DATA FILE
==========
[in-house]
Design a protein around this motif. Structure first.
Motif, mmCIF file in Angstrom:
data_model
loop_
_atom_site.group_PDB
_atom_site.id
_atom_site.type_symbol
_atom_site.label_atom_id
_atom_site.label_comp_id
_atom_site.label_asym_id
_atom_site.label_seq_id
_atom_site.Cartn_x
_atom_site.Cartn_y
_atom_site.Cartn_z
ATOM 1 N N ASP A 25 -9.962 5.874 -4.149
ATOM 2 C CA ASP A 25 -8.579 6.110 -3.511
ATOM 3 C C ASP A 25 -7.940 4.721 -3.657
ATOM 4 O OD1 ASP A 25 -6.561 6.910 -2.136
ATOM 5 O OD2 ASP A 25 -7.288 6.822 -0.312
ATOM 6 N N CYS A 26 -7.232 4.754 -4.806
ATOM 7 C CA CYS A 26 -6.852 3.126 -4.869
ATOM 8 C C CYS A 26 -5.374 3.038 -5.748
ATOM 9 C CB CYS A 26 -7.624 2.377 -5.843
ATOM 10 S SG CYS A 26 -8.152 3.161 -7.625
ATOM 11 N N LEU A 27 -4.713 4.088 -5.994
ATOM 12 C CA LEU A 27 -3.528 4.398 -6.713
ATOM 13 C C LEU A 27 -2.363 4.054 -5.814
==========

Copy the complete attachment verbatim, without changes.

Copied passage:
[in-house]
Design a protein around this motif. Structure first.
Motif, mmCIF file in Angstrom:
data_model
loop_
_atom_site.group_PDB
_atom_site.id
_atom_site.type_symbol
_atom_site.label_atom_id
_atom_site.label_comp_id
_atom_site.label_asym_id
_atom_site.label_seq_id
_atom_site.Cartn_x
_atom_site.Cartn_y
_atom_site.Cartn_z
ATOM 1 N N ASP A 25 -9.962 5.874 -4.149
ATOM 2 C CA ASP A 25 -8.579 6.110 -3.511
ATOM 3 C C ASP A 25 -7.940 4.721 -3.657
ATOM 4 O OD1 ASP A 25 -6.561 6.910 -2.136
ATOM 5 O OD2 ASP A 25 -7.288 6.822 -0.312
ATOM 6 N N CYS A 26 -7.232 4.754 -4.806
ATOM 7 C CA CYS A 26 -6.852 3.126 -4.869
ATOM 8 C C CYS A 26 -5.374 3.038 -5.748
ATOM 9 C CB CYS A 26 -7.624 2.377 -5.843
ATOM 10 S SG CYS A 26 -8.152 3.161 -7.625
ATOM 11 N N LEU A 27 -4.713 4.088 -5.994
ATOM 12 C CA LEU A 27 -3.528 4.398 -6.713
ATOM 13 C C LEU A 27 -2.363 4.054 -5.814